Stephen R. Palumbi

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The diversity, frequency, and scale of human impacts on coral reefs are increasing to the extent that reefs are threatened globally. Projected increases in carbon dioxide and temperature over the next 50 years exceed the conditions under which coral reefs have flourished over the past half-million years. However, reefs will change rather than disappear(More)
There is increasing evidence for variation in rates of nucleotide substitution among divergent taxonomic groups. Here, we summarize published rate data and show a strong relationship between substitution rate and body size. For instance, rates of nuclear and mtDNA evolution are slow in whales, intermediate in primates, and fast in rodents. A similar(More)
Genetic analyses of marine population structure often find only slight geographic differentiation in species with high dispersal potential. Interpreting the significance of this slight genetic signal has been difficult because even mild genetic structure implies very limited demographic exchange between populations, but slight differentiation could also be(More)
Recent advances in DNA-sequencing technologies now allow for in-depth characterization of the genomic stress responses of many organisms beyond model taxa. They are especially appropriate for organisms such as reef-building corals, for which dramatic declines in abundance are expected to worsen as anthropogenic climate change intensifies. Different corals(More)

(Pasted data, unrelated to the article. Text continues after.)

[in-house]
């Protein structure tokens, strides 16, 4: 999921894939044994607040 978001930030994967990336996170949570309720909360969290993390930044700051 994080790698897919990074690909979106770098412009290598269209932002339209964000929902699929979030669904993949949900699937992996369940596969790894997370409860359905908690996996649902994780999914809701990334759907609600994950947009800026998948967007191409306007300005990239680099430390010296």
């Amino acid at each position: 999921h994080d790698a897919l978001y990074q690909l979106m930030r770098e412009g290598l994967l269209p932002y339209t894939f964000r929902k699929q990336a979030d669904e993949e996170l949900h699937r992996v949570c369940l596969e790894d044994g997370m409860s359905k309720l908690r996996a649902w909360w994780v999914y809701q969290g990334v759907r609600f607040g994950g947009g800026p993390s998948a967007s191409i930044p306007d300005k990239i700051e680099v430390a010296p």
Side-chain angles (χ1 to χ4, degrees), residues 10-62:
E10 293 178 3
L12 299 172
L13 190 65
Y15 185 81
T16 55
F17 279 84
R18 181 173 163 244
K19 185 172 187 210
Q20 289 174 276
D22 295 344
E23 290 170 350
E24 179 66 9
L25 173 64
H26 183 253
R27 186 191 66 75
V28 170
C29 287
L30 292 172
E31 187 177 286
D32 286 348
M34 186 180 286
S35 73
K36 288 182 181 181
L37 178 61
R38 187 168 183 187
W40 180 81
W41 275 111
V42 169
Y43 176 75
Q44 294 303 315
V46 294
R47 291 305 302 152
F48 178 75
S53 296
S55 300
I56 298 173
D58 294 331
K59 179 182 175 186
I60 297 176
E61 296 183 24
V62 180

Human-dominated marine ecosystems are experiencing accelerating loss of populations and species, with largely unknown consequences. We analyzed local experiments, long-term regional time series, and global fisheries data to test how biodiversity loss affects marine ecosystem services across temporal and spatial scales. Overall, rates of resource collapse(More)
The European green crab, Carcinus maenas, has a native distribution that extends from Norway to Mauritania. It has attracted attention because of its recent invasions of Australia, Tasmania, South Africa, Japan and both coasts of North America. To examine the population structure of this global invader in its native range, we analysed a 502-base-pair(More)
The rate of mitochondrial DNA (mtDNA) evolution has been carefully calibrated only in primates. Similarity between the primate calibration and rates estimated for other vertebrates has led to widespread assumption of a constant molecular clock in vertebrates even though this has never been rigorously tested. We report here the examination of mtDNA sequence(More)
  • S R Palumbi
  • Proceedings of the National Academy of Sciences…
  • 1999
Behaviors, morphologies, and genetic loci directly involved in reproduction have been increasingly shown to be polymorphic within populations. Explaining how such variants are maintained by selection is crucial to understanding the genetic basis of fertility differences, but direct tests of how alleles at reproductive loci affect fertility are rare. In the(More)
Marine protected areas (MPAs) that exclude fishing have been shown repeatedly to enhance the abundance, size, and diversity of species. These benefits, however, mean little to most marine species, because individual protected areas typically are small. To meet the larger-scale conservation challenges facing ocean ecosystems, several nations are expanding(More)
Reef corals are highly sensitive to heat, yet populations resistant to climate change have recently been identified. To determine the mechanisms of temperature tolerance, we reciprocally transplanted corals between reef sites experiencing distinct temperature regimes and tested subsequent physiological and gene expression profiles. Local acclimatization and(More)